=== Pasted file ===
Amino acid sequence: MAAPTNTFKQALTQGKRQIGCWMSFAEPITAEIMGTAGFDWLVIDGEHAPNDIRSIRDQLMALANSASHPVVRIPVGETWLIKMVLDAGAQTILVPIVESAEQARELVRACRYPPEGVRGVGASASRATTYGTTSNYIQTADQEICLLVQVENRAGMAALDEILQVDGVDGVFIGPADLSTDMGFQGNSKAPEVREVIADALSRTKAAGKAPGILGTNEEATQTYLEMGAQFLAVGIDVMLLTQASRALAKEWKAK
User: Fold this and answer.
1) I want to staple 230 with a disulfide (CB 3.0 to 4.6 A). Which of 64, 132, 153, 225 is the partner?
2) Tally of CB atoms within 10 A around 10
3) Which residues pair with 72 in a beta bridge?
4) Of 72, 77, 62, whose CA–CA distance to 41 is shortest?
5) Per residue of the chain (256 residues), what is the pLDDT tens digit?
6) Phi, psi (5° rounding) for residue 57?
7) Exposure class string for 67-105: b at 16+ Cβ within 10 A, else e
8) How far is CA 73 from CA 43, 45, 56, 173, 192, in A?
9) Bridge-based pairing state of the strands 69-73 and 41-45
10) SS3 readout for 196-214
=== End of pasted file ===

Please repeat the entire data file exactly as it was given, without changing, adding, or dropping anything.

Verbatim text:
Amino acid sequence: MAAPTNTFKQALTQGKRQIGCWMSFAEPITAEIMGTAGFDWLVIDGEHAPNDIRSIRDQLMALANSASHPVVRIPVGETWLIKMVLDAGAQTILVPIVESAEQARELVRACRYPPEGVRGVGASASRATTYGTTSNYIQTADQEICLLVQVENRAGMAALDEILQVDGVDGVFIGPADLSTDMGFQGNSKAPEVREVIADALSRTKAAGKAPGILGTNEEATQTYLEMGAQFLAVGIDVMLLTQASRALAKEWKAK
User: Fold this and answer.
1) I want to staple 230 with a disulfide (CB 3.0 to 4.6 A). Which of 64, 132, 153, 225 is the partner?
2) Tally of CB atoms within 10 A around 10
3) Which residues pair with 72 in a beta bridge?
4) Of 72, 77, 62, whose CA–CA distance to 41 is shortest?
5) Per residue of the chain (256 residues), what is the pLDDT tens digit?
6) Phi, psi (5° rounding) for residue 57?
7) Exposure class string for 67-105: b at 16+ Cβ within 10 A, else e
8) How far is CA 73 from CA 43, 45, 56, 173, 192, in A?
9) Bridge-based pairing state of the strands 69-73 and 41-45
10) SS3 readout for 196-214